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5 of 6 people found the following review helpful
5.0 out of 5 stars Accurate assessment of the Dept of State, September 20, 2012
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I work for the State Department. As I read this book I kept thinking "Yes, that is exactly what is happening..." The book is honest. And because of that, people in the Department don't like. They don't like to talk about it - they get nervous when you mention it. But this is the sort of assessment that the Department desperately needs so that it can improve. It is an quick read. Deeply insightful.
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2 of 2 people found the following review helpful
5.0 out of 5 stars A call for reform that minces no words, September 16, 2013
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This review is from: State of Disrepair: Fixing the Culture and Practices of the State Department (Hoover Institution Press Publication) (Hardcover)
According to author Kori Schake of the Hoover Institution, the "culture shock of working in the Department of State for someone who'd professionally grown up in the Pentagon is difficult to overstate." In this book she argues that the Department is in "disrepair" and needs "fixing."

Schake's diagnosis and the strong medicine she prescribes largely stem from the Department's shortcomings in Iraq and Afghanistan. "State has not been able to provide the personnel, readiness, flexibility, agility, and funding to support and shape reconstruction programs." The Department "fails to foster the talent it possesses." "The 'whole of government operations' mantra chanted by Secretary of Defense Robert Gates and Admiral Mullen should be understood as a plea by the Department of Defense for State to better do its job." To Schake, these organizational shortcomings have "atrophied" the Department, and they have become excuses for failure. Now is the time, she argues, to address training, education, and planning deficits, and to untangle the confusion of executive authorities that hobbled America's response after 9/11.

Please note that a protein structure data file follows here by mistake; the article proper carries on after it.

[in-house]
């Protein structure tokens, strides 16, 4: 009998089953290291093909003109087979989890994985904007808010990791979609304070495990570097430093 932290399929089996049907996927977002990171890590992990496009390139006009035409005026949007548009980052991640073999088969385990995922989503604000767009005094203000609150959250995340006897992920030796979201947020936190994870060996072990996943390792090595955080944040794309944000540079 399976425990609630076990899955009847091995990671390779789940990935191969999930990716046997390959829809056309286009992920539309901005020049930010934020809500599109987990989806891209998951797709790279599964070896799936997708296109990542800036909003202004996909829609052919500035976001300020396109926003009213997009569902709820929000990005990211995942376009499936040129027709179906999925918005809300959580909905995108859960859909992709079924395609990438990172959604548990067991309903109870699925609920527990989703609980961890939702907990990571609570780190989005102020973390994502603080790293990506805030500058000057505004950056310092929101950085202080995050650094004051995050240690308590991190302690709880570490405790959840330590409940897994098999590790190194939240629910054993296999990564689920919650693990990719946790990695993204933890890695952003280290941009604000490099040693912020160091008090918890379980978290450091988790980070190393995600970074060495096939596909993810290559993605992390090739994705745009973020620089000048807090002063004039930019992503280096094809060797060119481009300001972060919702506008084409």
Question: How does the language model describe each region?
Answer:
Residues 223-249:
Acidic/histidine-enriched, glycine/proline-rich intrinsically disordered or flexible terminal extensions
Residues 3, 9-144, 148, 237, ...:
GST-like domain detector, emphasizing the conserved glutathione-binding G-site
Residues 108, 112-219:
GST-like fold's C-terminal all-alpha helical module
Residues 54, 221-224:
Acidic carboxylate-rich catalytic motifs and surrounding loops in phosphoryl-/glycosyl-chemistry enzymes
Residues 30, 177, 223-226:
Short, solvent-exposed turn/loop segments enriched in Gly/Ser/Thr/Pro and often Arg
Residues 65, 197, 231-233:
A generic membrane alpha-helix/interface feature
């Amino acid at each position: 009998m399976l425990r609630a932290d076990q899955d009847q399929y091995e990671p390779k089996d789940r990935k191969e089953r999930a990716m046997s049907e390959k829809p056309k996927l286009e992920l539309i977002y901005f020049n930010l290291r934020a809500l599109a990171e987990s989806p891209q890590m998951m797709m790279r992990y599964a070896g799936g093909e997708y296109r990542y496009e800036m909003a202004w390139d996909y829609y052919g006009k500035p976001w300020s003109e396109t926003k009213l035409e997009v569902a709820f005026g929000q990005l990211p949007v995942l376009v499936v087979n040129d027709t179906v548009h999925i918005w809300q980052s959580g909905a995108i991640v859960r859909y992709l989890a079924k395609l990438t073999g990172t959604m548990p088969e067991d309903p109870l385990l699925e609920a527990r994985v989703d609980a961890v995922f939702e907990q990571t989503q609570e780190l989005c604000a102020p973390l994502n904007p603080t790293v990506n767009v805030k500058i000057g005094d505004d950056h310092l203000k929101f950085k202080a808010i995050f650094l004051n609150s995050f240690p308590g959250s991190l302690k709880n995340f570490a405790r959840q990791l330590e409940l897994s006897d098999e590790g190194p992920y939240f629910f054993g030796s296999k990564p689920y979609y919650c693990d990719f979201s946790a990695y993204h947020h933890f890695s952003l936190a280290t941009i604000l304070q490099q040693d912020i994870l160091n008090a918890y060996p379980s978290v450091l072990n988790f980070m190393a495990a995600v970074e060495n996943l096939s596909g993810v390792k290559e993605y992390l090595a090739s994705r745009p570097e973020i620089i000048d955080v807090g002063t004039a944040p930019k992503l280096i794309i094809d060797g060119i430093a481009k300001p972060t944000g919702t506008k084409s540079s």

Fine people in the Department of State have brilliant insights on every regional and functional issue in foreign policy, but without a management and professional upgrade, the Department and the Foreign Service will fall short. Foreign policy specialists must consider this sweeping, brief, and direct call for action.

-30-
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5 of 10 people found the following review helpful
5.0 out of 5 stars "This Old House" Fix for the DOS., April 10, 2012
This review is from: State of Disrepair: Fixing the Culture and Practices of the State Department (Hoover Institution Press Publication) (Hardcover)
This is a book that (finally) is devoid of meaningless blabber and tells why, cogently and without histrionics, what is wrong with the DOS, and how to fix it.
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